We’ll hear more from Baylor Barbee in my next post, as I promised. The news of the day forced my hand. Like everyone else with access to the Internet, I need to weigh on Donald Sterling, owner of the Los Angeles Clippers and the subject of the biggest sports-media firestorm in some time.
In one of the great revenge moves of the Internet Age, Sterling’s ex-girlfriend apparently recorded several minutes of a phone conversation laced with comments that were not only racist but puzzling. My initial reaction to the headline comments, complaints about her posting a photo with Magic Johnson, besides revulsion, was, “Really? You’re complaining about her taking a photo with Magic?” Two decades after his retirement from the NBA, Magic has to be one of the five or 10 people any sports fan would most want a photo with, isn’t he? Who in the sports world is closer to being universally loved? Cal Ripken?
But this is a sports marketing blog, so let’s approach Donald Sterling from a brand management viewpoint. Here’s the question I dread asking: What, exactly, is Donald Sterling being pilloried for right now?
It’s not for being a racist. Donald Sterling appears to have established those credentials years ago. Which of these is the most offensive, the most harmful example of alleged racism (Sterling has not admitted to any of these):
1) Donald Sterling complains to his girlfriend that she’s being seen in public with Magic Johnson because he’s African American.
2) Donald Sterling practices housing discrimination against an untold number of African Americans, Hispanics and other people, settling a Justice Department lawsuit for $2.765 million in 2009 over the matter.
3) Donald Sterling, according to another federal lawsuit filed in 2003, explains his preference not to rent to Latinos because, “Hispanics smoke, drink and just hang around the building.” The lawsuit also accused him of saying “black tenants smell and attract vermin.”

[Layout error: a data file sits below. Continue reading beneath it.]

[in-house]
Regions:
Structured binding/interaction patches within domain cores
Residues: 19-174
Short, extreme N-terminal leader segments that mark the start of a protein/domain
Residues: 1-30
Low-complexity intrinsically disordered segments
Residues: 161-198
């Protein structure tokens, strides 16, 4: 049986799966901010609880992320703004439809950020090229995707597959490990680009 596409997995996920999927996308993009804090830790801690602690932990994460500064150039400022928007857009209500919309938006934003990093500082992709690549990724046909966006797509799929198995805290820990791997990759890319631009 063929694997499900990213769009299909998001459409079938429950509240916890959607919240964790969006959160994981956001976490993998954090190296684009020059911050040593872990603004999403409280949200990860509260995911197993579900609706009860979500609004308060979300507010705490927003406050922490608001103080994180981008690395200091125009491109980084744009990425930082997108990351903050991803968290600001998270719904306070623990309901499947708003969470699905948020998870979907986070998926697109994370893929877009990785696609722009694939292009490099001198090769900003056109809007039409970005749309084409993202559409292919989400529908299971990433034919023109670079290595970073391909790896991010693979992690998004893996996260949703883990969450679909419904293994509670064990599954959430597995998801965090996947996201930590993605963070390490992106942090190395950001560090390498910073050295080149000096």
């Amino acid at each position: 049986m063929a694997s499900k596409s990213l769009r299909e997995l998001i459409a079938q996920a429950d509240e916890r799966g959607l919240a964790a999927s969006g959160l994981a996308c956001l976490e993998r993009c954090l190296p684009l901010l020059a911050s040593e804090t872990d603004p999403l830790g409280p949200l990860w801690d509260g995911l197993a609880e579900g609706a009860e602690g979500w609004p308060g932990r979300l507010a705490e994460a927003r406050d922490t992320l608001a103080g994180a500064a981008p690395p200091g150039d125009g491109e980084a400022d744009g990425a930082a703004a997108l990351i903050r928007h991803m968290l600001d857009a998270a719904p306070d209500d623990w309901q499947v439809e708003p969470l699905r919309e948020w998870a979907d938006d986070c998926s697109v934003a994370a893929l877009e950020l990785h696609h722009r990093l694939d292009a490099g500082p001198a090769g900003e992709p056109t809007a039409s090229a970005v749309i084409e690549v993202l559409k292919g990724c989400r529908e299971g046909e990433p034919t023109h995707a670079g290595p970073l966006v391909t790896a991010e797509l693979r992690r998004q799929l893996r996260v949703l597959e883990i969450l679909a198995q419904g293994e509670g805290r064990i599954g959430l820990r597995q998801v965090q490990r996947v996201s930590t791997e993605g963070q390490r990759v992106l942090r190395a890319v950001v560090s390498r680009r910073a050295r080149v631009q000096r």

The 2009 settlement didn’t prompt ex-Clipper Chauncey Billups to say he would have refused to play in the Clippers’ playoff game over the weekend. The 2003 lawsuit didn’t prompt Kevin Johnson, Sacramento mayor and National Basketball Players Association search committee chairman, to call this a “defining moment” for the NBA and propose a five-point plan to punish Sterling.
So why the 24/7 attack this time? Because this time, we have the audio. It’s been 50 years since scholar Marshall McLuhan coined the phrase, “The media is the message,” in his book Understanding Media: The Extensions of Man. It’s truer than ever in the social media age. But it’s been plenty true throughout the TV Age.
Remember Al Campanis, the Los Angeles Dodger General Manager who lost his job in April 1987 after remarks he made on ABC’s Nightline program? When asked, on a show commemorating the 40th anniversary of Jackie Robinson breaking Major League Baseball’s color barrier, why there hadn’t been more black managers, Campanis said they “may not have some of the necessities to be, let’s say, a field manager, or, perhaps, a general manager.”
Unlike Sterling, Campanis didn’t have a reputation for holding racist beliefs. The Dodgers, before and during his leadership, had been early adopters to attracting talent from a variety of backgrounds and countries. Campanis was actually a minor league teammate of Robinson’s and was said to have been close to the future Hall of Famer. To be fair, he also stirred up a minor controversy, eventually quieted by Tom Lasorda’s exceptional record, when he chose the white Lasorda to succeed long-time manager Walt Alston over black fellow Dodger coach Jim Gilliam.
Hardly a Sterling track record, and we didn’t have the internet to allow hundreds upon hundreds of pundits to react in public. But the public reaction was strong enough that Campanis resigned two days after making those remarks.
We can’t resist the “gotcha” quality of recorded comments. They have at least the appearance of being crystal clear, while actions and quotes reported by third parties are usually fogged by context and uncertainty. The odd thing is, I find the quotes in the Justice Department lawsuit more credible than the recording from an ex-girlfriend with a very sharp ax to grind – at least until some arbiter of the consequences such as NBA Commissioner Adam Silver attributes the comments to Sterling.
From a brand management viewpoint, the sad and cynical truth is, it’s worse to say something racist in the vicinity of a microphone than it is to practice racism. I wish it weren’t so, and I hope someday soon we’re better able to judge the complete track record of the next celebrity or politician who puts her foot in her mouth. Not that such a response would do Sterling much good.
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